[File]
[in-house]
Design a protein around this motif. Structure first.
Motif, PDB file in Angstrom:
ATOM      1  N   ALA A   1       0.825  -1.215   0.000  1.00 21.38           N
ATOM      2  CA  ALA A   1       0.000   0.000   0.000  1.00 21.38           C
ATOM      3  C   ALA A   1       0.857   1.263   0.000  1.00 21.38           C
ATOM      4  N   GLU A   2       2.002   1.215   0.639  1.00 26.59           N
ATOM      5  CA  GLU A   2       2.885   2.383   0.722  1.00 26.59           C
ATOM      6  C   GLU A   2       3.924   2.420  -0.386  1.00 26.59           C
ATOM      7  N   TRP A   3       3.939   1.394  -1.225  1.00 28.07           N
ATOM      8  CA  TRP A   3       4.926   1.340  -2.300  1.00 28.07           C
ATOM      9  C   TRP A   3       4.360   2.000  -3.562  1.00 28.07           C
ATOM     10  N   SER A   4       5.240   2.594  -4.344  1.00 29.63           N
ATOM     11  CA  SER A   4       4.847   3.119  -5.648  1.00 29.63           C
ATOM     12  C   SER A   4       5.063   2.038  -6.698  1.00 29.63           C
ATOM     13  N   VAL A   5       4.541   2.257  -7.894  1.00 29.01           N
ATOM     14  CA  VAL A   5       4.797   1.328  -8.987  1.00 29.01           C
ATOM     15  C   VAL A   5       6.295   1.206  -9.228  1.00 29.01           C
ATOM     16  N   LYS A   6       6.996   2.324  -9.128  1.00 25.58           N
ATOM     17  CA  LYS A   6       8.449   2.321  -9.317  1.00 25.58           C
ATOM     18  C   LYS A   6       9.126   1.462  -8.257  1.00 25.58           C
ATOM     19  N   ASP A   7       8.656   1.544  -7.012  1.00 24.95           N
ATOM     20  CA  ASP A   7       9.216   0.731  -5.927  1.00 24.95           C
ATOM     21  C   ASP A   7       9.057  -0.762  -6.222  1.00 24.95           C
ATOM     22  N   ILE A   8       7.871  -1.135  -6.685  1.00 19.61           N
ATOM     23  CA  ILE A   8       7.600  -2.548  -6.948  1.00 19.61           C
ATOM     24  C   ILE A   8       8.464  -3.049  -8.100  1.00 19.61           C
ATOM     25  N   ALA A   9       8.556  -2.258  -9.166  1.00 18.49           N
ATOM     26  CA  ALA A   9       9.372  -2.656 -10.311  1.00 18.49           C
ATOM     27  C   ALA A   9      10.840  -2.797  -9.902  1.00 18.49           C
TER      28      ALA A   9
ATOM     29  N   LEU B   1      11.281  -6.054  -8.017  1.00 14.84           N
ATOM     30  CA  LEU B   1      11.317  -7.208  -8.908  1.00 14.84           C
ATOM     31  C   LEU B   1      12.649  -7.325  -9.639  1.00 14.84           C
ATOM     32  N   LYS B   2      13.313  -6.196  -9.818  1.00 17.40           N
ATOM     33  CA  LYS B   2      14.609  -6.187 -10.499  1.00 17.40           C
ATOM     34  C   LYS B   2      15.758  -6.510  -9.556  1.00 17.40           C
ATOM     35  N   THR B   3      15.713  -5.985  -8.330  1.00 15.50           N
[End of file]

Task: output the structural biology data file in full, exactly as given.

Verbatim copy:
[in-house]
Design a protein around this motif. Structure first.
Motif, PDB file in Angstrom:
ATOM      1  N   ALA A   1       0.825  -1.215   0.000  1.00 21.38           N
ATOM      2  CA  ALA A   1       0.000   0.000   0.000  1.00 21.38           C
ATOM      3  C   ALA A   1       0.857   1.263   0.000  1.00 21.38           C
ATOM      4  N   GLU A   2       2.002   1.215   0.639  1.00 26.59           N
ATOM      5  CA  GLU A   2       2.885   2.383   0.722  1.00 26.59           C
ATOM      6  C   GLU A   2       3.924   2.420  -0.386  1.00 26.59           C
ATOM      7  N   TRP A   3       3.939   1.394  -1.225  1.00 28.07           N
ATOM      8  CA  TRP A   3       4.926   1.340  -2.300  1.00 28.07           C
ATOM      9  C   TRP A   3       4.360   2.000  -3.562  1.00 28.07           C
ATOM     10  N   SER A   4       5.240   2.594  -4.344  1.00 29.63           N
ATOM     11  CA  SER A   4       4.847   3.119  -5.648  1.00 29.63           C
ATOM     12  C   SER A   4       5.063   2.038  -6.698  1.00 29.63           C
ATOM     13  N   VAL A   5       4.541   2.257  -7.894  1.00 29.01           N
ATOM     14  CA  VAL A   5       4.797   1.328  -8.987  1.00 29.01           C
ATOM     15  C   VAL A   5       6.295   1.206  -9.228  1.00 29.01           C
ATOM     16  N   LYS A   6       6.996   2.324  -9.128  1.00 25.58           N
ATOM     17  CA  LYS A   6       8.449   2.321  -9.317  1.00 25.58           C
ATOM     18  C   LYS A   6       9.126   1.462  -8.257  1.00 25.58           C
ATOM     19  N   ASP A   7       8.656   1.544  -7.012  1.00 24.95           N
ATOM     20  CA  ASP A   7       9.216   0.731  -5.927  1.00 24.95           C
ATOM     21  C   ASP A   7       9.057  -0.762  -6.222  1.00 24.95           C
ATOM     22  N   ILE A   8       7.871  -1.135  -6.685  1.00 19.61           N
ATOM     23  CA  ILE A   8       7.600  -2.548  -6.948  1.00 19.61           C
ATOM     24  C   ILE A   8       8.464  -3.049  -8.100  1.00 19.61           C
ATOM     25  N   ALA A   9       8.556  -2.258  -9.166  1.00 18.49           N
ATOM     26  CA  ALA A   9       9.372  -2.656 -10.311  1.00 18.49           C
ATOM     27  C   ALA A   9      10.840  -2.797  -9.902  1.00 18.49           C
TER      28      ALA A   9
ATOM     29  N   LEU B   1      11.281  -6.054  -8.017  1.00 14.84           N
ATOM     30  CA  LEU B   1      11.317  -7.208  -8.908  1.00 14.84           C
ATOM     31  C   LEU B   1      12.649  -7.325  -9.639  1.00 14.84           C
ATOM     32  N   LYS B   2      13.313  -6.196  -9.818  1.00 17.40           N
ATOM     33  CA  LYS B   2      14.609  -6.187 -10.499  1.00 17.40           C
ATOM     34  C   LYS B   2      15.758  -6.510  -9.556  1.00 17.40           C
ATOM     35  N   THR B   3      15.713  -5.985  -8.330  1.00 15.50           N